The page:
By Julia Munemo
Fred Elia ’79 had been involved in the child welfare system his entire life—first as a child in foster care and later as a social worker—but he was still surprised to receive a phone call from a colleague one morning in late 2008. The social worker had a case she couldn’t handle. Nothing in her training had given her the resources to deal with a boy in a group home who wanted to dress in girls’ clothes.
“My first question was, ‘So, what’s the problem?’” Elia says. He knew the other children in the home were likely bullying the boy, but what surprised him was that no one on staff had talked with him to find out what was going on. “They didn’t even know if he might be gay, bisexual or transgender; they just knew the behavior of attempting to dress in girls’ clothing was more than they could handle.”
Elia, who came out as gay during his senior year at Williams, was the right person to call. After Williams, he earned an MS in social work at Columbia University. From there, he worked in various child welfare organizations in New York and New Jersey, becoming a strong advocate for lesbian, gay, bisexual, and transgender (LGBT) youth, “or kids who were just questioning their sexuality,” he says, explaining a new acronym to help folks talk about children in this category: LGBT/Q, for questioning.
“I had learned that gay youth are greatly overrepresented in foster and adoption care,” Elia continues, asserting that they account for up to 30 per cent of children in the system—a far higher percentage than in the general population—and that officials didn’t know why. “The statistics were alarming: LGBT/Q youth in care have the highest rates of depression, substance abuse, homeless, and suicide.”
Elia knew one way to help these kids would be to infuse the system with foster and adoptive families who were gay or who could handle a gay or questioning child’s lifestyle and behavior. He had, by the time of the phone call about the boy who liked to dress in girls’ clothes, been working for several years to recruit foster and adoptive parents who understood the needs of LGBT/Q youth. He was more than willing to step in to help this child.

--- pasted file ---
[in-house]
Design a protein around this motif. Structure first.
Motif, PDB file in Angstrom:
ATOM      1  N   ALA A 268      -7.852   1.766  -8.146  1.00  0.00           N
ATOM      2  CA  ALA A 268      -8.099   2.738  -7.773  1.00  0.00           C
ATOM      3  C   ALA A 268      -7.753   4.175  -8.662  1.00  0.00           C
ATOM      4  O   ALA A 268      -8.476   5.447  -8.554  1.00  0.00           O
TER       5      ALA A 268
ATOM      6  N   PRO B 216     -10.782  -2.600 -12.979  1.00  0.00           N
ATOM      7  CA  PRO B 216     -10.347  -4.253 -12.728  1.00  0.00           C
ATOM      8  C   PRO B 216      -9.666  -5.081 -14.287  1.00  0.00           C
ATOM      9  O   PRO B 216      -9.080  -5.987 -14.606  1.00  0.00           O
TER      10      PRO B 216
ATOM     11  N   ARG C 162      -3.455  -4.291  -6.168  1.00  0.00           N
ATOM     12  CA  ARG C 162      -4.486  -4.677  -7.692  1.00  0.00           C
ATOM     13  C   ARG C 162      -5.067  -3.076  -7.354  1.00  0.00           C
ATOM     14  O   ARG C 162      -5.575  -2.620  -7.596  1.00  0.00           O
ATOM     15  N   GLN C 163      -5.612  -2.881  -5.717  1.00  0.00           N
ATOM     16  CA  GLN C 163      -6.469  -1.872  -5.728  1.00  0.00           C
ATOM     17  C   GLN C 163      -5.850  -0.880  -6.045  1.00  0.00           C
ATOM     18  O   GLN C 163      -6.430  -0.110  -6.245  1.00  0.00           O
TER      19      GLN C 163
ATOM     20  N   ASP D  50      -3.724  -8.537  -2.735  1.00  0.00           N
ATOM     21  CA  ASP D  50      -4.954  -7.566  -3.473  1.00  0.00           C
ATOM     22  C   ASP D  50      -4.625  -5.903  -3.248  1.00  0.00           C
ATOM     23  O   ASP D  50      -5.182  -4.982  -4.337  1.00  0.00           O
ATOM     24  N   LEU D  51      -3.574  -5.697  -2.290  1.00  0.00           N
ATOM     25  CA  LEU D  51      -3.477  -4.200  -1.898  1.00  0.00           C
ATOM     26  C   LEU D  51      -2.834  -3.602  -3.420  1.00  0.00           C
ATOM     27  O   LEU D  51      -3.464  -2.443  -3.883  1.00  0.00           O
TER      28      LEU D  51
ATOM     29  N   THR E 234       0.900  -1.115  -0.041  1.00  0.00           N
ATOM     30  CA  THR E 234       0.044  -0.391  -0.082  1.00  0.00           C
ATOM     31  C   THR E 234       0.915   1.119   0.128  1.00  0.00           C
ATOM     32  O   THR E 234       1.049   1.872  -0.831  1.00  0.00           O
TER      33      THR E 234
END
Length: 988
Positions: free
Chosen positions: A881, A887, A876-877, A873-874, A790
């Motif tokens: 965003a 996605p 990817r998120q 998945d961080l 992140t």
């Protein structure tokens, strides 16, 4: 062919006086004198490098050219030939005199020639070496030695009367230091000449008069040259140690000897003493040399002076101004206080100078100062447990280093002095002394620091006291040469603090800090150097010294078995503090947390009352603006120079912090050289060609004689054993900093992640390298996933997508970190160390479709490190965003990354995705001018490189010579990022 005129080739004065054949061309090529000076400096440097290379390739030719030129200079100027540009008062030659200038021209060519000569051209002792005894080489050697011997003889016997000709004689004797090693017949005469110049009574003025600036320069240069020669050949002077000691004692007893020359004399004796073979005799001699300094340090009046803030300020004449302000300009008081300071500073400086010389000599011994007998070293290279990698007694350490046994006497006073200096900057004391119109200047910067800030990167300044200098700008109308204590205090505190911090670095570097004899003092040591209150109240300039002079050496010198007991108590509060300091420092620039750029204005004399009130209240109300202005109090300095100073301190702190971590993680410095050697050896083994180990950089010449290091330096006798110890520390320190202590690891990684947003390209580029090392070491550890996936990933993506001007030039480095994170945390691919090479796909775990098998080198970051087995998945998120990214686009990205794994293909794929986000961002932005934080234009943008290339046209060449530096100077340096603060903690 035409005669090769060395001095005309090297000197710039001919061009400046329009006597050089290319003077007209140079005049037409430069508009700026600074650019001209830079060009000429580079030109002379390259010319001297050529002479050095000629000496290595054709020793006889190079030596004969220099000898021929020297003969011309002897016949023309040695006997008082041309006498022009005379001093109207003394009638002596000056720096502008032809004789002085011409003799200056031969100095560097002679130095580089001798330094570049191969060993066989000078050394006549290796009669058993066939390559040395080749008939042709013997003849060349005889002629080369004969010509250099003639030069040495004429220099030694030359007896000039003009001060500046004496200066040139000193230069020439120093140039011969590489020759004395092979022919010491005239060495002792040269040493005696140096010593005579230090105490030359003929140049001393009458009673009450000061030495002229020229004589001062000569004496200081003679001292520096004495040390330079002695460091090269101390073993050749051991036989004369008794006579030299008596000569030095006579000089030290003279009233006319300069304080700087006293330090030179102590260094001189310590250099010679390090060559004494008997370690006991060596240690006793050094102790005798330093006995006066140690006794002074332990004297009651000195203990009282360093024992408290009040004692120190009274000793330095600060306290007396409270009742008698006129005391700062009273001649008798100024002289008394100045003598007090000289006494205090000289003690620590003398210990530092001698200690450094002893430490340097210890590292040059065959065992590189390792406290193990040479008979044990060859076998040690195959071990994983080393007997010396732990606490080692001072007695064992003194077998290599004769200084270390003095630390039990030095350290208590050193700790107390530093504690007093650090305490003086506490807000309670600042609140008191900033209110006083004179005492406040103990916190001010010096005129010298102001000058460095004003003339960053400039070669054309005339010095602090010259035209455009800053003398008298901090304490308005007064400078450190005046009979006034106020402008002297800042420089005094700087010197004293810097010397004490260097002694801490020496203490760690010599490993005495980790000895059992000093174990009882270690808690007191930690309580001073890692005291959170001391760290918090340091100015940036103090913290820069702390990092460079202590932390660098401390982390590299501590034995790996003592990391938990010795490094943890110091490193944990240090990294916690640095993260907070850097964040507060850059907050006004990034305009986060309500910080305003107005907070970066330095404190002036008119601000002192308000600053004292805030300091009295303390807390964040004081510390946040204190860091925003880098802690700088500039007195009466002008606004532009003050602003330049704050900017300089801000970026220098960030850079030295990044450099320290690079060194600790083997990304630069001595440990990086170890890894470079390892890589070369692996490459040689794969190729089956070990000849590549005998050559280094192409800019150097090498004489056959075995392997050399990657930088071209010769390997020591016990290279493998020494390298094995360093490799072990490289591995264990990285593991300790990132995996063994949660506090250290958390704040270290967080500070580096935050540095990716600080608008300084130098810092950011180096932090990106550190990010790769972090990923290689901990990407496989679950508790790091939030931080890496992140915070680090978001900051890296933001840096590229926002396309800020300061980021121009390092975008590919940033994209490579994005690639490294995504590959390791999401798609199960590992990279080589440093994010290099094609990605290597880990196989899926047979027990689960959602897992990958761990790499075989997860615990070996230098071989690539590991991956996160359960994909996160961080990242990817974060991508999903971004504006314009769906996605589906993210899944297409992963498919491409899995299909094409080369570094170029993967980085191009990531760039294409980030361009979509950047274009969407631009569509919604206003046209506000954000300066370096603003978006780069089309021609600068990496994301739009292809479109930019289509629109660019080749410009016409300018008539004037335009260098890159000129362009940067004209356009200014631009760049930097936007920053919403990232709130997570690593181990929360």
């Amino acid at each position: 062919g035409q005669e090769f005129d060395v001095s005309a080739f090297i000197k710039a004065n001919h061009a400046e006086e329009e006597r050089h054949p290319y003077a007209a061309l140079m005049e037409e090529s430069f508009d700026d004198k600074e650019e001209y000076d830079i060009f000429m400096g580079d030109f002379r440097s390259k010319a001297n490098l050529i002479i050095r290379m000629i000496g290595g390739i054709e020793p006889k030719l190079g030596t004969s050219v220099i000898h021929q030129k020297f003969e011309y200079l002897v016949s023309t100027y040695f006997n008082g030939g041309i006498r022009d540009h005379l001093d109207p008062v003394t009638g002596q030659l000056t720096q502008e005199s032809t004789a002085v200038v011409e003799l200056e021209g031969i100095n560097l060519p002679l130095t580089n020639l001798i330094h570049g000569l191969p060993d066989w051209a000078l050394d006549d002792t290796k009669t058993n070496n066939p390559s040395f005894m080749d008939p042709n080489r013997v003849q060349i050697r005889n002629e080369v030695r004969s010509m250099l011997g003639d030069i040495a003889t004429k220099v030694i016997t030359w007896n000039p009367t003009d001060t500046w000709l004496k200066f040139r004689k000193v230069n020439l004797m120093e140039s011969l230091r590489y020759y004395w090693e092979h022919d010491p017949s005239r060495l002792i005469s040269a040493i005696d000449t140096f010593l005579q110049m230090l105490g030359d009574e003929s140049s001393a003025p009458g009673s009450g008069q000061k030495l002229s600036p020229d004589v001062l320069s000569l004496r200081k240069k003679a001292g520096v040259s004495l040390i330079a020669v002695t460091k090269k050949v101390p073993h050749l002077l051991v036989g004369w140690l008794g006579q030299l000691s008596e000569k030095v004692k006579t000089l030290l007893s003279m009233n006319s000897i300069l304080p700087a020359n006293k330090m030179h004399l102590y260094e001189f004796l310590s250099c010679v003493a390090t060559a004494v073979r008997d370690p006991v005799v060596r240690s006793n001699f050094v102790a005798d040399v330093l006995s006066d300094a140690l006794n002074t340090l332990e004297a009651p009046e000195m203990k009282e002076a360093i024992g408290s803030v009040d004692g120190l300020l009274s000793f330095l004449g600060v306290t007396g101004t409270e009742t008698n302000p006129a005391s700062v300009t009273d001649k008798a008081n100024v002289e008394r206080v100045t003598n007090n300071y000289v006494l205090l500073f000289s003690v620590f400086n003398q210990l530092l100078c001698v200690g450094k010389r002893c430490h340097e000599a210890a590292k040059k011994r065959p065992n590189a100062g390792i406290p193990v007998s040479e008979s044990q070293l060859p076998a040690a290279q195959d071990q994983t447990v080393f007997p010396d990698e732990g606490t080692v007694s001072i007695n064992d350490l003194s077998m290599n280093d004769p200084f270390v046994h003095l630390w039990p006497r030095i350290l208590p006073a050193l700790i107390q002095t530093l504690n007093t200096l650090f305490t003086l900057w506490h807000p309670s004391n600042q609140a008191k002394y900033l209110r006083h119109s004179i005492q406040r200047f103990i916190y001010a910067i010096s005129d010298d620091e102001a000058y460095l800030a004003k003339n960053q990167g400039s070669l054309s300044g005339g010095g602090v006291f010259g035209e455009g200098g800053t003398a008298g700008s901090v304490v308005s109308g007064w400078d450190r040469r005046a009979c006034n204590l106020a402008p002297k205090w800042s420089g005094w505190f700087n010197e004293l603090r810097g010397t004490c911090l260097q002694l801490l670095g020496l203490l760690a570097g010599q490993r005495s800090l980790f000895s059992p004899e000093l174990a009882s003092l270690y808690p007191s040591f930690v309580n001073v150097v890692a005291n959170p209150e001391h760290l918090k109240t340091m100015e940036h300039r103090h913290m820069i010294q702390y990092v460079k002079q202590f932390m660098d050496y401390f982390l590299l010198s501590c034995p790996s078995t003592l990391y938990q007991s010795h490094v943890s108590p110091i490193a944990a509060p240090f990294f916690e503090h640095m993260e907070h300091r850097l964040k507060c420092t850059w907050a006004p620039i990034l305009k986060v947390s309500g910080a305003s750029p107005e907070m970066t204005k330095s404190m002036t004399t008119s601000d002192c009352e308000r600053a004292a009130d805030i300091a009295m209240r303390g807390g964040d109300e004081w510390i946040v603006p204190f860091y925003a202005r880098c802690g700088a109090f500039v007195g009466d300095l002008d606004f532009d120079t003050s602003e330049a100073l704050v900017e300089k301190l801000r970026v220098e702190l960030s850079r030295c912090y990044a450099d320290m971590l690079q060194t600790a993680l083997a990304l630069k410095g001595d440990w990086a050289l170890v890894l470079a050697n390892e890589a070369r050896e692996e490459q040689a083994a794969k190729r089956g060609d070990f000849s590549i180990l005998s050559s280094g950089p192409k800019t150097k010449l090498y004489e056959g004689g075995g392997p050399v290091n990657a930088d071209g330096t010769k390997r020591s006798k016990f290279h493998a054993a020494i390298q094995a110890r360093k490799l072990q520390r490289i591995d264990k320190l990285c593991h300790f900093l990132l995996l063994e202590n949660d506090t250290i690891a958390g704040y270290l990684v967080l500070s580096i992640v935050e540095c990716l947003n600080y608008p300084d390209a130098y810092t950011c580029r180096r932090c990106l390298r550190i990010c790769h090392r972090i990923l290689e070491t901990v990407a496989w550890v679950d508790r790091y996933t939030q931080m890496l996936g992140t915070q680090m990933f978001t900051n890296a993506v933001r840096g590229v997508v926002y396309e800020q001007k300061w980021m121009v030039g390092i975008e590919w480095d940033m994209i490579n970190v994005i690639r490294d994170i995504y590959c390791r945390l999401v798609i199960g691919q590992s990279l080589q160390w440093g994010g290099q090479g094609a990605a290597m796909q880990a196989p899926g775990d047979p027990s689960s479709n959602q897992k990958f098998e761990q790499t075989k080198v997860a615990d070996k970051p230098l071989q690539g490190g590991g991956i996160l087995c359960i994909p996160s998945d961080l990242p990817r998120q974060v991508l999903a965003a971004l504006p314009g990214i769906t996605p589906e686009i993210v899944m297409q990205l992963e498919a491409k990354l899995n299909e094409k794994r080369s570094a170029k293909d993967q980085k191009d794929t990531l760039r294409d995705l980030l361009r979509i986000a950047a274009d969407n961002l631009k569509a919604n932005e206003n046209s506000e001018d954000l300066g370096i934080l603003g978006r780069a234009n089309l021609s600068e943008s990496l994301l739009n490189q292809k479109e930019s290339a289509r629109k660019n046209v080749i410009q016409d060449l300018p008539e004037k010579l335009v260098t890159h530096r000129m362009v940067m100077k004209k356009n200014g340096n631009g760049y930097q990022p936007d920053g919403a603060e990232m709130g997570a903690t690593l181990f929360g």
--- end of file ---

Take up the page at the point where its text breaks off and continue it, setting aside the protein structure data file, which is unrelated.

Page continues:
He started by making a “service plan.” This is what social workers create in order to help other social workers in similar situations replicate the care they provide. In drafting the plan, Elia imagined what he would do if this boy were coming to live with him. “I thought about it the way my mother would have,” he says.
When Elia was 2, he and his infant brother were brought to live with a foster family that included two adult children and several grandchildren. The woman Elia calls his mother didn’t feel she was done raising kids, and thought the foster care program was a good fit. She was right. Elia and his brother stayed with the family until college. “I know my story isn’t typical,” he says, referring both to how today many children in foster care don’t stay with the same family very long unless they’re adopted—and to the fact that many live in homes in which college is not an expectation.
Thinking about the boy who wanted to dress in girls’ clothes, he says: “When I thought about the horror this child had been through, I wanted him to have a mom like I had.” But he didn’t have all the skills he thought might be needed. What if, for instance, the child wanted to make his own clothing? Elia couldn’t sew. So he called friends and family who might help out, asking one to donate a sewing machine, another to teach the boy. “Once I knew it was possible to find people to help out, I called the case worker back and asked if she could do something similar.” The social worker was delighted for the help and eventually found a loving home for the child.
But for Elia, the story wasn’t over. The exercise of imagining what it would have been like to foster a boy with a devastating history of abuse made him realize that such children would need to be nurtured and supported by an entire community. One grownup wouldn’t be able to carry it all. “That was when I realized this boy needed a hundred moms, he needed a thousand moms.”
And Elia’s non-profit was born. There are plenty of men and women helping out at A Thousand Moms today. “The title doesn’t mean there are no dads,” Elia explains. “Rather, it means we offer a lot of nurturing, a lot of support, a lot of parenting.” A Thousand Moms works all over New York State helping recruit potential foster/adoptive families from within the LGBT community and training social workers and foster families in how to handle issues that come up with LGBT/Q children in their care.
“First, we’re trying to prevent kids from coming into foster care just because they’re LGBT,” Elia says. “Then for those kids who are already in foster care, we’re trying keep them from moving to another family because the first one can’t deal with these issues.”
Since its founding in 2009, A Thousand Moms has established regional LGBT/Q child welfare coalitions to build community awareness and support; produced regular podcasts for parents, staff, and youth; and conducted professional training and community education sessions on the needs of LGBT/Q youth in foster and adoptive care. All the while, the fledgling organization has worked tirelessly to raise the necessary funds to keep the whole operation open.
“When you first graduate from college, you want to start a revolution and see change,” Elia reflects. “Pretty soon you realize you have to learn patience. I never thought I would live to see this evolution in child welfare and LGBT issues—we are making such progress,” he smiles. “But there’s much more to do.”
To learn more about A Thousand Moms, visit athousandmoms.org/